At no stage during Dave Monke's Lynx hunt did he have the slightest break in bad luck. He had to endure patience to the very last day, the last chance, but he got himself the cat of the season.

The Rolls Royce of Antelope - Frazer Wadenstorer could be considered one of the luckiest men of the season with his magnificent Sable.

What could be considered one of the very best trophies of the season - Lawrence Trunk with his magnificent Waterbuck bull.

The list is endless and we can go on forever. There are many of you who made the list without a doubt, we chose some of the lucky ones. In the end while we all strive to hunt the next monster, it is not the crux of the matter, on the contrary, it’s the chase of the hunt and the camaraderie of the safari with the chance at the trophy of a lifetime.

We’d like to thank our teams on the ground, our professional hunters who strive for the extra mile and our agents who work hard at keeping us busy. A special word of appreciation goes out to our good friend, Chris Petersen. Chris gave the insight to turn a dream into a reality. Your positive guidance has meant the world to us. Thank you. Our visiting Mexican, Jose, what a year we have shared. Never a dull moment and nothing was ever too much to ask. Gracias Amigo.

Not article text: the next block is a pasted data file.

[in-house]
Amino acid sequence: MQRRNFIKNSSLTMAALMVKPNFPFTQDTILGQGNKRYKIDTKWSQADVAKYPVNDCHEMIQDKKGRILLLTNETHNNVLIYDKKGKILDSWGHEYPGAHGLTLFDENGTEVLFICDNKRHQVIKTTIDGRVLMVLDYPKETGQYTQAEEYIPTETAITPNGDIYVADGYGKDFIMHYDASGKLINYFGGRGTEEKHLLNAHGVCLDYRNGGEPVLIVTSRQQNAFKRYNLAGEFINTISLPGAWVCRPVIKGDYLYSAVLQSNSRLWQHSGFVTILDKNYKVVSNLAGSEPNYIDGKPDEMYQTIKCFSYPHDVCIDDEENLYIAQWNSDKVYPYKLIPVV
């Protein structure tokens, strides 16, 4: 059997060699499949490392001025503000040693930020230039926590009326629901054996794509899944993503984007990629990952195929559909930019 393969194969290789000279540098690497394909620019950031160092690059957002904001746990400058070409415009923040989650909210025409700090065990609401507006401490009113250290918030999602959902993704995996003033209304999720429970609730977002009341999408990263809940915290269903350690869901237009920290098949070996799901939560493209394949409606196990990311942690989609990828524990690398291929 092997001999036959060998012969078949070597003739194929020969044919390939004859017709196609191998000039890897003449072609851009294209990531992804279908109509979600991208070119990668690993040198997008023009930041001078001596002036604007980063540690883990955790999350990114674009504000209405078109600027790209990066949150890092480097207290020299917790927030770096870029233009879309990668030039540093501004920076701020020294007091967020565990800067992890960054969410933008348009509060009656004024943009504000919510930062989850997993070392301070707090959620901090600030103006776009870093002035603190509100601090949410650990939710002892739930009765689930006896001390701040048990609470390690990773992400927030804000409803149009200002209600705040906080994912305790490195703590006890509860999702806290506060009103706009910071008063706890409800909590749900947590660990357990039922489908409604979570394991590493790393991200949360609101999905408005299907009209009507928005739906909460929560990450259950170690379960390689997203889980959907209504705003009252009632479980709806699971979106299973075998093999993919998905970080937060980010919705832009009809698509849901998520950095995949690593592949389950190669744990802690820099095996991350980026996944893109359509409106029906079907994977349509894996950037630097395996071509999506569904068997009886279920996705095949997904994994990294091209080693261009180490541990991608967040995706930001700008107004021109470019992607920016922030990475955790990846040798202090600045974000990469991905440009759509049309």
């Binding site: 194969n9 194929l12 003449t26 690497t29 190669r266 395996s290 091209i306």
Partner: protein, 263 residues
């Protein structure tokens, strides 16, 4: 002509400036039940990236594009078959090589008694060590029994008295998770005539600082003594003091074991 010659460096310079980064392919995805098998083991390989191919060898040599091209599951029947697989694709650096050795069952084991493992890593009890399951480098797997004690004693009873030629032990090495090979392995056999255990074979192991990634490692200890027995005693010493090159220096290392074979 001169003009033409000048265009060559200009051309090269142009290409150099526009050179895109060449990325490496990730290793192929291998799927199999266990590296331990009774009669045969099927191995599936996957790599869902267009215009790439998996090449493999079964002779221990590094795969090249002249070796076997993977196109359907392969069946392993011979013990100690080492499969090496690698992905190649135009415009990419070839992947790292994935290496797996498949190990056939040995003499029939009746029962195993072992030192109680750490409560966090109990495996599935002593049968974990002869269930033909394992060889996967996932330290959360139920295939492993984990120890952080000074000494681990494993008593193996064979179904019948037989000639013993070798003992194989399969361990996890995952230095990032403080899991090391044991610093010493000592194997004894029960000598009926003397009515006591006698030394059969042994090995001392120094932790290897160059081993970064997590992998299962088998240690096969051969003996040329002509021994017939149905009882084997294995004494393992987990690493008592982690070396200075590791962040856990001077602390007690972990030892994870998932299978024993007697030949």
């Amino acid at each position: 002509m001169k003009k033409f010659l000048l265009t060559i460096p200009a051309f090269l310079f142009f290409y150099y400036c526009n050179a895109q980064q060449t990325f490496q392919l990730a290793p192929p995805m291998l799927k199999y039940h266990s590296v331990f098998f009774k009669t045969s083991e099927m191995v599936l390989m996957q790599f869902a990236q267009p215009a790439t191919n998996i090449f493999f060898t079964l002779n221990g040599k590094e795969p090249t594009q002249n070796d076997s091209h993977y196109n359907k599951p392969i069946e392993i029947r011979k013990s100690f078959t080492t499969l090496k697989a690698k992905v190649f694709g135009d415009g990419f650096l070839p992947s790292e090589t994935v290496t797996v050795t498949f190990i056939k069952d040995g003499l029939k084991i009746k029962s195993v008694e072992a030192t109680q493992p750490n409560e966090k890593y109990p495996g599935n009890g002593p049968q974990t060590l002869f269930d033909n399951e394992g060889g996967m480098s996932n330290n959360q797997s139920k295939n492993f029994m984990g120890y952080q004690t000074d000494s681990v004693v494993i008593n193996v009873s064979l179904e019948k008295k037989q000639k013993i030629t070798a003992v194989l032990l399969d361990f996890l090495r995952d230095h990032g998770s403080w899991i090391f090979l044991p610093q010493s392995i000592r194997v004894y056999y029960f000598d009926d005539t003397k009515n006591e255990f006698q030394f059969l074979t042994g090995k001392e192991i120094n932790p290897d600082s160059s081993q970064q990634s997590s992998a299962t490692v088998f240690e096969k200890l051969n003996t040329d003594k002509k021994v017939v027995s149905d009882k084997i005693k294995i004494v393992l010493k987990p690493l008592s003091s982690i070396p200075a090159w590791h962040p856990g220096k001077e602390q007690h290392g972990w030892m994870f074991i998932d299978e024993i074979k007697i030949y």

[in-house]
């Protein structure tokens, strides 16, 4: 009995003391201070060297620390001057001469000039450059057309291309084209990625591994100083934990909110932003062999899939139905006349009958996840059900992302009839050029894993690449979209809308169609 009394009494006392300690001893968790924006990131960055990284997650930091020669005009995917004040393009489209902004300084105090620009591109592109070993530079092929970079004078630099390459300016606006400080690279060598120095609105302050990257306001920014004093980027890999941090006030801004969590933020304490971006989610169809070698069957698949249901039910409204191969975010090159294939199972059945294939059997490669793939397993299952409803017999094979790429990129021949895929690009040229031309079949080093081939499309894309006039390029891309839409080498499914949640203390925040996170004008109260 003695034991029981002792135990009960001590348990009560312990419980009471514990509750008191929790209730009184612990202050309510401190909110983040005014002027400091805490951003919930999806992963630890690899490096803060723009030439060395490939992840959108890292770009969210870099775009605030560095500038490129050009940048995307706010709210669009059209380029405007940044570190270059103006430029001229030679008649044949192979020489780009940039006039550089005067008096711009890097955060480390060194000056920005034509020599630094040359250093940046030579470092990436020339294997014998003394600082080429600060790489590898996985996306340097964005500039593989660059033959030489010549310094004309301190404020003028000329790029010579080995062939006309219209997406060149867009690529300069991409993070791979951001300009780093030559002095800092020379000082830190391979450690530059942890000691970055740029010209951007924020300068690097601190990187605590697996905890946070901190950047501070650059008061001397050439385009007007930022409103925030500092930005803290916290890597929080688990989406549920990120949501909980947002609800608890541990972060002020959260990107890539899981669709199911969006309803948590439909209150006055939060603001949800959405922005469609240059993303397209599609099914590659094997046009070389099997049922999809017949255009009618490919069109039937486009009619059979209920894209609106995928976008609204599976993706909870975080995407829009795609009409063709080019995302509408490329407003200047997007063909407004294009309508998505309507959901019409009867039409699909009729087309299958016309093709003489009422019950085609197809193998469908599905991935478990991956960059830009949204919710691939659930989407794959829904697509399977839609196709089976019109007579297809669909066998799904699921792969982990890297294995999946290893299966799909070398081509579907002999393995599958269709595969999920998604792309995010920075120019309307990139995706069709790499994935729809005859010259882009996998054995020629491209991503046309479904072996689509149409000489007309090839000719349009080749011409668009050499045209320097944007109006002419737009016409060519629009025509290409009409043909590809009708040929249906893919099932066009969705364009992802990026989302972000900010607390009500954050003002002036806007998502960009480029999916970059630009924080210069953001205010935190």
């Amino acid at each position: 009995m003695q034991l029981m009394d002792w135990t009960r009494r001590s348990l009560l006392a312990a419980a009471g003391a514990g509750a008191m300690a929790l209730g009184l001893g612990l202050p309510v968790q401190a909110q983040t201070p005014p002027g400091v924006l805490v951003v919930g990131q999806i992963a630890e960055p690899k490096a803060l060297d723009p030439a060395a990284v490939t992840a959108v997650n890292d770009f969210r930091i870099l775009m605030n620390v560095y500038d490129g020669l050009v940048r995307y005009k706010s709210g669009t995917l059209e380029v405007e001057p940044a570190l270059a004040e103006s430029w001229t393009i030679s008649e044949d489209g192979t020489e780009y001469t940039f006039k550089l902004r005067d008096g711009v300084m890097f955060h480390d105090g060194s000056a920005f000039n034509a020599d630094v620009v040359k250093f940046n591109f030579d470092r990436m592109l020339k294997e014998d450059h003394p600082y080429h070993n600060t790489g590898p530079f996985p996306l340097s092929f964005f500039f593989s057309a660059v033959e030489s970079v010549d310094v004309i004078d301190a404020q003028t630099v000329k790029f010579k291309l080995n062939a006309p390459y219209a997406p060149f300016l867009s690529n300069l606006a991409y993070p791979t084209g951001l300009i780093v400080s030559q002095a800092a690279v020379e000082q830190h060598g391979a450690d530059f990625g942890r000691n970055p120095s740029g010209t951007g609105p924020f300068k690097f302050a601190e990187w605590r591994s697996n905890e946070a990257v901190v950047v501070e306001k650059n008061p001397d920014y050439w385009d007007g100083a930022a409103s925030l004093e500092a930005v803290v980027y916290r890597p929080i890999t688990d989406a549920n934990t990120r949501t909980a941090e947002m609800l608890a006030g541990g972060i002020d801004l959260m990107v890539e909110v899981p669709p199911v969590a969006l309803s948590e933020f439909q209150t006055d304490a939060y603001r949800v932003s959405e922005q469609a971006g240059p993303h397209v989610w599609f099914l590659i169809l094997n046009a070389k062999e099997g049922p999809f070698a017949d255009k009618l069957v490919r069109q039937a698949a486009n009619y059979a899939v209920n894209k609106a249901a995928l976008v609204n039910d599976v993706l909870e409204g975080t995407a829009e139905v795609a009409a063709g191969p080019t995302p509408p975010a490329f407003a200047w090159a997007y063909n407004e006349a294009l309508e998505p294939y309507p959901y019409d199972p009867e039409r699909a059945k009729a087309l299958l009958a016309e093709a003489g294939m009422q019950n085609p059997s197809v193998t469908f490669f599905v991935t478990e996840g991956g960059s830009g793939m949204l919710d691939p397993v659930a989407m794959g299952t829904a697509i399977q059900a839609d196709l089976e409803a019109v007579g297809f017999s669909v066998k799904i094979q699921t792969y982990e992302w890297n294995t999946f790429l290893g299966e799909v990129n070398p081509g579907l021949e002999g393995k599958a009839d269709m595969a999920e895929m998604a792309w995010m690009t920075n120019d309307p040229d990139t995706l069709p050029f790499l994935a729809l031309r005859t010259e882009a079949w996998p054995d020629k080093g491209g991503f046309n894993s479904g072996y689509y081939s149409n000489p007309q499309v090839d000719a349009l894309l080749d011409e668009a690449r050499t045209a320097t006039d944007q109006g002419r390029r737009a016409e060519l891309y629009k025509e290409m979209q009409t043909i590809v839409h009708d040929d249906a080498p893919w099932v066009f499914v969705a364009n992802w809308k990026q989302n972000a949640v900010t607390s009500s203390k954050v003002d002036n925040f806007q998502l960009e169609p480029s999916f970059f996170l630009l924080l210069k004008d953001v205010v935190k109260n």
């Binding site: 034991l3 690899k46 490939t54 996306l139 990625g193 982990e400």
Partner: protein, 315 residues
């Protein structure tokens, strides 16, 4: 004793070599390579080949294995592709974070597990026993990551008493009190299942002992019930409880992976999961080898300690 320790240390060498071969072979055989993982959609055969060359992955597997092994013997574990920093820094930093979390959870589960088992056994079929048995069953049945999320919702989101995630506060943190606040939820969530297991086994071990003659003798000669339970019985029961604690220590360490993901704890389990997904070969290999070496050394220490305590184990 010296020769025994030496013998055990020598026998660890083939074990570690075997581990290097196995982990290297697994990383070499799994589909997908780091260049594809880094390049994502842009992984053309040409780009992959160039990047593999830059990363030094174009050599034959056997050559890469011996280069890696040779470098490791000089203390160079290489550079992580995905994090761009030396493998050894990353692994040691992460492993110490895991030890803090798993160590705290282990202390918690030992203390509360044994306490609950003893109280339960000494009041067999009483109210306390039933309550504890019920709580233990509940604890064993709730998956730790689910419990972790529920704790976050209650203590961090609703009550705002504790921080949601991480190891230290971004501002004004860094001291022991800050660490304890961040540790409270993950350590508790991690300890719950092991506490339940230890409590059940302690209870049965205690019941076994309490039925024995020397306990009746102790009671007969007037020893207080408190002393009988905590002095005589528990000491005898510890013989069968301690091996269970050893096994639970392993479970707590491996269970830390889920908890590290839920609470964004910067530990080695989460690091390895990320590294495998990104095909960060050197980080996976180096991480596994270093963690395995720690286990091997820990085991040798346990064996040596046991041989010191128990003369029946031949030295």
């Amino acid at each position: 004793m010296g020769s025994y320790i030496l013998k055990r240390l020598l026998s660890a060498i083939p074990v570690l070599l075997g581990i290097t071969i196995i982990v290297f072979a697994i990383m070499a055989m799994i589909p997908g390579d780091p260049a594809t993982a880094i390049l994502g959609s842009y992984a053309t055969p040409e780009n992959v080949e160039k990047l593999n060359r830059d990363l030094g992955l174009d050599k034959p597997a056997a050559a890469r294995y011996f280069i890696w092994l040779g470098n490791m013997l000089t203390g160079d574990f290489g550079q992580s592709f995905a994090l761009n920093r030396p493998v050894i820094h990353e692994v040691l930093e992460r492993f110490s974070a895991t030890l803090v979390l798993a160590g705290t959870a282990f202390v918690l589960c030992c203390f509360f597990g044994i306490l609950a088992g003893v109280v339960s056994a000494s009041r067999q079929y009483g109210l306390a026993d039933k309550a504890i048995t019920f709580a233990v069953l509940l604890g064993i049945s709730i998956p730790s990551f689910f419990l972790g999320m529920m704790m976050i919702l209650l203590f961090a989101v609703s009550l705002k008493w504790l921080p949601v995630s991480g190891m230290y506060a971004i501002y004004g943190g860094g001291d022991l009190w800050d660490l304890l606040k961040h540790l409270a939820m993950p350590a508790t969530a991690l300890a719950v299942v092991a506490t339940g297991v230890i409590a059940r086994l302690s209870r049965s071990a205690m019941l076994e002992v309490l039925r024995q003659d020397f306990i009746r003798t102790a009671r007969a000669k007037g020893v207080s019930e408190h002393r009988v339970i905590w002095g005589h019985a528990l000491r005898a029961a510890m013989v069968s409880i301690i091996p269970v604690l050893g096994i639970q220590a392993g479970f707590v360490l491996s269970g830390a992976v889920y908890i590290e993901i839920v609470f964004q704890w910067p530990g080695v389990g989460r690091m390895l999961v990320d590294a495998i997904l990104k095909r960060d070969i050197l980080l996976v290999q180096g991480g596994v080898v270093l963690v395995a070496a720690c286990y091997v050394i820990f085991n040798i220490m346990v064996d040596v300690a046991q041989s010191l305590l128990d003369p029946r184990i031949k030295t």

To our entire family – thanks for all the late nights and endless hours of support  when ever it was required. A mammoth thanks to the ladies in our lives, Trish and Lee, the long hours alone at home while we’ve been away on safari could not have been fun or easy. Never the less you were always ready to jump in and help where ever needed, your support is certainly appreciated. 

Last but not least, to all our hunters who have supported us for the past 27 years, your support this season has been no different from any other. We have been privileged to share in the true spirit of your adventure, and we look forward to continuing the growth of our extended John X Safaris family into 2011 & beyond…

Wishing you a Merry Christmas and a Happy Hunting Year!

Carl & Gary – John X Families

Please note – John X Safaris will be shutting down from 13 December 2010 until 2 January 2011. For any emergencies or direct enquiries, contact Carl on hunting@johnxsafaris.co.za . Carl will be checking mail once a week.

For more information and current updates about John X Safaris; follow us on Twitter, connect with us on Facebook and visit our web site!